In The Lore Explainer, we take a deep look at the lore behind our favorite games, movies, and books, and talk about the story behind them and sum up what you need to know and how you can find out more. Today we’re talking about the lore behind the Codex Astartes.
The Horus Heresy, the largest and most significant event in 40k lore, tore the fledgling Imperium in two, seeing fully half of the space marine legions turn traitor, following Horus in his rebellion. Ultimately the arch-traitor was defeated, but only at the cost of millions of lives and ultimately that of the Emperor himself.
In the wake of the galactic civil war the survivors were left to pick up the pieces. Following the Emperor’s death the Primarch of the Ultramarines, Roboute Guilliman, was named Imperial Regent, largely marking him as the highest authority in the Imperium (second only to the Emperor). One of Guilliman’s first orders of business was to change the way the Space Marine legions operated, in part to ensure that mankind’s most potent military forces could not repeat the rebellion of the heresy. In order to accomplish this, Guilliman authored a text on the organization of space marine forces called The Codex Astartes.
The Codex Astartes is a tome of military organization which outlines Guilliman’s ideals for how a space marine force should act – how it should fight, organize itself into ranks, and how it should mark its squads and companies. The Codex Astartes dictated that space marine legions be broken into Chapters, groups of roughly one thousand warriors each. Each of these chapters would then be organized into ten companies of one hundred men, split across ten to twenty squads, each numbering five or ten warriors, depending on their tactical focus.
The Second Founding
The most important dictate of the Codex Astartes was the reorganization of Space Marine legions into the much smaller Chapters. These would be drawn from the remaining warriors of the original nine loyalist legions, in a process called The Second Founding. One chapter would bear the name of its original legion and retain its heraldry, and home world, while the others would take new names and find new worlds to draw from, spreading out across the Imperium to better protect it from threats far and wide. Each chapter was responsible for its own recruiting and wargear and would be led by a Chapter Master who was largely independent, reporting only to the Emperor (primarchs would only retain direct control of their named Chapters). This is basically the 40k equivalent of creating expansion teams using a supplemental draft.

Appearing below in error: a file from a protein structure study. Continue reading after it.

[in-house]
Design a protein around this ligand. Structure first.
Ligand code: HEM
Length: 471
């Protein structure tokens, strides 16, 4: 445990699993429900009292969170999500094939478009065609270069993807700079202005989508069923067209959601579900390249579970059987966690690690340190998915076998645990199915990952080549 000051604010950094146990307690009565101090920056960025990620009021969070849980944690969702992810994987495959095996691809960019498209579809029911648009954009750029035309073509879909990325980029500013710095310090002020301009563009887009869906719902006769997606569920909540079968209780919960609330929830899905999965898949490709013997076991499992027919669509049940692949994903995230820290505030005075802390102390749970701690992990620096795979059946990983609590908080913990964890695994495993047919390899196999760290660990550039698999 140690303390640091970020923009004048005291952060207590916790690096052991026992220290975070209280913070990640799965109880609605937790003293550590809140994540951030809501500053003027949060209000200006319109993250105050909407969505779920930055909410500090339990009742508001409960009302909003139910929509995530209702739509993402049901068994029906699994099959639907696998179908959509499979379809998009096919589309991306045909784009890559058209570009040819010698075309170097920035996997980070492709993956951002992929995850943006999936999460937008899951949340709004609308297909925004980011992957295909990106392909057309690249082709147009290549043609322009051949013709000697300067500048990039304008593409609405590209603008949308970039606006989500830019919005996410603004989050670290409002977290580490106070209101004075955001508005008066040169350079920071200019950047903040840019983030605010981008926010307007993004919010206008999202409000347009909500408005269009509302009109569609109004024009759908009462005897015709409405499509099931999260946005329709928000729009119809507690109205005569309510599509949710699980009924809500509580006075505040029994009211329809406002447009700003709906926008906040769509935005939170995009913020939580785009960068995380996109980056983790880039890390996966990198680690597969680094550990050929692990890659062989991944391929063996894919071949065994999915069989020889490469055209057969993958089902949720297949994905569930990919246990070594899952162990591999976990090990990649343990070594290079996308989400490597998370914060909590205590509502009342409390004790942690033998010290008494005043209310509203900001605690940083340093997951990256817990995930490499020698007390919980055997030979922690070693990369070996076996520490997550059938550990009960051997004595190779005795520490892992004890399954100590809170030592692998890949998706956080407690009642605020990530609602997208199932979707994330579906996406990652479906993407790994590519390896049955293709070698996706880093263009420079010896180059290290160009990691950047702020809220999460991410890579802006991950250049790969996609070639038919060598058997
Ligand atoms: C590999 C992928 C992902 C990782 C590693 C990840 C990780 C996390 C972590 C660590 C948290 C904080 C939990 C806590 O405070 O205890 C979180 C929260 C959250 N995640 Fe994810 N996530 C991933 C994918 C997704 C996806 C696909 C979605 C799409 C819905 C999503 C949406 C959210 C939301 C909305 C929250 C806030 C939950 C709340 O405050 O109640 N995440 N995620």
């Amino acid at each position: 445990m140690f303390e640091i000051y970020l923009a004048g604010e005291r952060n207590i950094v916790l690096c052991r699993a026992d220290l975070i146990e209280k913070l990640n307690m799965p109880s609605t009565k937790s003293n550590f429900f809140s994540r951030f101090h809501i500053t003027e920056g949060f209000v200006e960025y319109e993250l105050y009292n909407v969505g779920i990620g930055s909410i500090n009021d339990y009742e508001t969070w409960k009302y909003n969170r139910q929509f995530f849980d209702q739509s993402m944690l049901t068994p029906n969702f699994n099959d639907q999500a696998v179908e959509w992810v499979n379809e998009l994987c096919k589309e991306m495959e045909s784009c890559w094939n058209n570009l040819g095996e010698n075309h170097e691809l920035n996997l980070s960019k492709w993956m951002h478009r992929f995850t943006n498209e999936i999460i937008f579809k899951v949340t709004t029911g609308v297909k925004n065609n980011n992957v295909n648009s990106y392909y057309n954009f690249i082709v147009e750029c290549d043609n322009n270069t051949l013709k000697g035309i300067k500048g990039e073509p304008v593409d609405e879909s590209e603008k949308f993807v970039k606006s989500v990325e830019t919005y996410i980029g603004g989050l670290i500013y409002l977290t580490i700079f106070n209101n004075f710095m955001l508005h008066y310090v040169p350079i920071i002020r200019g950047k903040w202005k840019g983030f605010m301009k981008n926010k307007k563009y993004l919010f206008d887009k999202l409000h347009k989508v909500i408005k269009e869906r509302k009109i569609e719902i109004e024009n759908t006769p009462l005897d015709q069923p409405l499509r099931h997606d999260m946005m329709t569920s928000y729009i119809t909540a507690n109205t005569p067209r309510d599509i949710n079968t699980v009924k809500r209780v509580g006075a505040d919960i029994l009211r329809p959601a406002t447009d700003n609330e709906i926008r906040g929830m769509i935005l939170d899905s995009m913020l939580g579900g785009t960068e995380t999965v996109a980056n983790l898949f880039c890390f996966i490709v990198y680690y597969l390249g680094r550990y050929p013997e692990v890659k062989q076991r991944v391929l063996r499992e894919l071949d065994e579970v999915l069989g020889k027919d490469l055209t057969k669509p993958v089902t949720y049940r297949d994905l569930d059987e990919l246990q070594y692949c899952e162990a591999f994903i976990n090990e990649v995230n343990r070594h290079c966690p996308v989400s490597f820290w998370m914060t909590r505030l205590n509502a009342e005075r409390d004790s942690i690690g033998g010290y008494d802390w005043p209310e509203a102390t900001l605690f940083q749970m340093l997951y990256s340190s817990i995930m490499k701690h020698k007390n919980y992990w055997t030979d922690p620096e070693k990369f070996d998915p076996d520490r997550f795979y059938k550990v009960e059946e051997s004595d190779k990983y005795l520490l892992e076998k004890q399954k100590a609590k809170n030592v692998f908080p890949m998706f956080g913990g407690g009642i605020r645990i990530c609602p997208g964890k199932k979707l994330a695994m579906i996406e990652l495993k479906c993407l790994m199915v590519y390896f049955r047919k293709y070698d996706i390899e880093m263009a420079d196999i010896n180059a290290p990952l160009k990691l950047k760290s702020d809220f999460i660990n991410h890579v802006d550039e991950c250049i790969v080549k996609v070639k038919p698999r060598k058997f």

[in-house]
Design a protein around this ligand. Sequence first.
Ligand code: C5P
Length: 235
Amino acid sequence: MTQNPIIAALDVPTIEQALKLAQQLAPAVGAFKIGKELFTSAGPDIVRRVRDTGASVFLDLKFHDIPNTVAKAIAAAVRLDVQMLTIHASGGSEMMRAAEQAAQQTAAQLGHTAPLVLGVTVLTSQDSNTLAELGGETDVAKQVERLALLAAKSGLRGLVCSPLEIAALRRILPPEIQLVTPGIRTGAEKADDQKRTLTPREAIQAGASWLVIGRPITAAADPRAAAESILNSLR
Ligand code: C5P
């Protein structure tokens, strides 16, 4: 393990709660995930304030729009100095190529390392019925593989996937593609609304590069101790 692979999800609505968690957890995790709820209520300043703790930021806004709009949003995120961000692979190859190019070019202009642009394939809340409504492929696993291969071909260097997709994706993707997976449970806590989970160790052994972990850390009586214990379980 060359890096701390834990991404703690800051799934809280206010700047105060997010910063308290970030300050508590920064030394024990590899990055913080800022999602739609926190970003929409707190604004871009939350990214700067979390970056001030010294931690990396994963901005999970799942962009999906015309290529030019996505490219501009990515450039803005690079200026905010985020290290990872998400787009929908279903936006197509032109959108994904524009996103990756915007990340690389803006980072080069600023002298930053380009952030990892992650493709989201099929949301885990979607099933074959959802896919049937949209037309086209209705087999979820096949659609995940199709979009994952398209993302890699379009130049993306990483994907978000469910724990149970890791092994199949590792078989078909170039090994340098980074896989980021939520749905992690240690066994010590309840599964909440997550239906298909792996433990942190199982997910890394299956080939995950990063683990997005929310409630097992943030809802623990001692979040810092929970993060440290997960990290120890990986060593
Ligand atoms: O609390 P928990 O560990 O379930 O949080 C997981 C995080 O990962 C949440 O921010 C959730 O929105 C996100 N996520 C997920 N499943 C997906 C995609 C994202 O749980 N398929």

Ultimately the plan was to prevent a single general – even a primarch – from commanding tens of thousands of marines, and in this Guilliman succeeded. Chapters were small but flexible forces, and in time each developed their own history and traditions. When the traitor legions made their play, they first had to purge those among their ranks who would remain loyal. Had those forces been separate, standalone forces, they might have had a fighting chance. Under the Codex Astartes, marines would transform from “a horde under a warlord” into a series of independent strike forces capable of acting independently.
The genetic banks used to create marines was moved to a facility on Terra, so that the Adeptus Terra would be responsible for creating and destroying Space Marine Chapters. In the ten millennia since the Second Founding there have been many more foundings, each time creating new chapters – some with more success than others.
“They shall be pure of heart and strong of body, unsullied by doubt and untainted by self-aggrandizement. They will be bright stars in the firmament of battle. Angels of death whose swift wings bring extermination to the enemies of man. So it shall be for a thousand times a thousand years, unto the end of eternity and the extinction of mortal flesh.”
– Roboute Guilliman
Opposition to the Codex